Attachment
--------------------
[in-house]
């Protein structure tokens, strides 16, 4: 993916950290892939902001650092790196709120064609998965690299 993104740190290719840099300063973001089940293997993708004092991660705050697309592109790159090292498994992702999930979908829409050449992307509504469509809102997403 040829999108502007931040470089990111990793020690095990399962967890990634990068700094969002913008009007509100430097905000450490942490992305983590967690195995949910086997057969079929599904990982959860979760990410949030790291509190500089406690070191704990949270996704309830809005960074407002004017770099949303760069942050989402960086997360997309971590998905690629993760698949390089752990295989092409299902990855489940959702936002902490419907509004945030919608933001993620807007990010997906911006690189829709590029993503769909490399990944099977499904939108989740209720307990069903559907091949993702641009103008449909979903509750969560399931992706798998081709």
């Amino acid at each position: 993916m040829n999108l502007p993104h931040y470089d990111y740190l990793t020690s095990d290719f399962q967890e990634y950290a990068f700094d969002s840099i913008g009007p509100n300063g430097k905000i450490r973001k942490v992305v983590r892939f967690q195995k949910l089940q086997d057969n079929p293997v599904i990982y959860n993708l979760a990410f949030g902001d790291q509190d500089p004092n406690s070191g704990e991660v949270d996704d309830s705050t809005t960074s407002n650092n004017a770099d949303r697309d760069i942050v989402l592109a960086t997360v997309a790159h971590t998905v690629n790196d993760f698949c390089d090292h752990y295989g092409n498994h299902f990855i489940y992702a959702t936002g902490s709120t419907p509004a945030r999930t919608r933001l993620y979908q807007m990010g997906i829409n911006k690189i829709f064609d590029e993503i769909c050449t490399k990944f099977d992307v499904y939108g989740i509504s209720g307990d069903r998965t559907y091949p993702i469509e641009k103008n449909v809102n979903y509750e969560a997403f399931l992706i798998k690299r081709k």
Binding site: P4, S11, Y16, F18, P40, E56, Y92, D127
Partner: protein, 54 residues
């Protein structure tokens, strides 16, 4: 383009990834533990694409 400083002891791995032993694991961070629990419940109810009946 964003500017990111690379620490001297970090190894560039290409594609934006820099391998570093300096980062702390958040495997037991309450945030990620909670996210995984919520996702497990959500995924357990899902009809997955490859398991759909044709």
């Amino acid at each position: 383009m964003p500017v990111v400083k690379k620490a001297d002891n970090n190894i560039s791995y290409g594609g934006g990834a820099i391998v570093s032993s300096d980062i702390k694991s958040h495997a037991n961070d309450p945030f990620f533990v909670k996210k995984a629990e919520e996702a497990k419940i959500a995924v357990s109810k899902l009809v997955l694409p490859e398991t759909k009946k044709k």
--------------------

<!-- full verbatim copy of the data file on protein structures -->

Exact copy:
[in-house]
């Protein structure tokens, strides 16, 4: 993916950290892939902001650092790196709120064609998965690299 993104740190290719840099300063973001089940293997993708004092991660705050697309592109790159090292498994992702999930979908829409050449992307509504469509809102997403 040829999108502007931040470089990111990793020690095990399962967890990634990068700094969002913008009007509100430097905000450490942490992305983590967690195995949910086997057969079929599904990982959860979760990410949030790291509190500089406690070191704990949270996704309830809005960074407002004017770099949303760069942050989402960086997360997309971590998905690629993760698949390089752990295989092409299902990855489940959702936002902490419907509004945030919608933001993620807007990010997906911006690189829709590029993503769909490399990944099977499904939108989740209720307990069903559907091949993702641009103008449909979903509750969560399931992706798998081709």
């Amino acid at each position: 993916m040829n999108l502007p993104h931040y470089d990111y740190l990793t020690s095990d290719f399962q967890e990634y950290a990068f700094d969002s840099i913008g009007p509100n300063g430097k905000i450490r973001k942490v992305v983590r892939f967690q195995k949910l089940q086997d057969n079929p293997v599904i990982y959860n993708l979760a990410f949030g902001d790291q509190d500089p004092n406690s070191g704990e991660v949270d996704d309830s705050t809005t960074s407002n650092n004017a770099d949303r697309d760069i942050v989402l592109a960086t997360v997309a790159h971590t998905v690629n790196d993760f698949c390089d090292h752990y295989g092409n498994h299902f990855i489940y992702a959702t936002g902490s709120t419907p509004a945030r999930t919608r933001l993620y979908q807007m990010g997906i829409n911006k690189i829709f064609d590029e993503i769909c050449t490399k990944f099977d992307v499904y939108g989740i509504s209720g307990d069903r998965t559907y091949p993702i469509e641009k103008n449909v809102n979903y509750e969560a997403f399931l992706i798998k690299r081709k």
Binding site: P4, S11, Y16, F18, P40, E56, Y92, D127
Partner: protein, 54 residues
């Protein structure tokens, strides 16, 4: 383009990834533990694409 400083002891791995032993694991961070629990419940109810009946 964003500017990111690379620490001297970090190894560039290409594609934006820099391998570093300096980062702390958040495997037991309450945030990620909670996210995984919520996702497990959500995924357990899902009809997955490859398991759909044709």
């Amino acid at each position: 383009m964003p500017v990111v400083k690379k620490a001297d002891n970090n190894i560039s791995y290409g594609g934006g990834a820099i391998v570093s032993s300096d980062i702390k694991s958040h495997a037991n961070d309450p945030f990620f533990v909670k996210k995984a629990e919520e996702a497990k419940i959500a995924v357990s109810k899902l009809v997955l694409p490859e398991t759909k009946k044709k």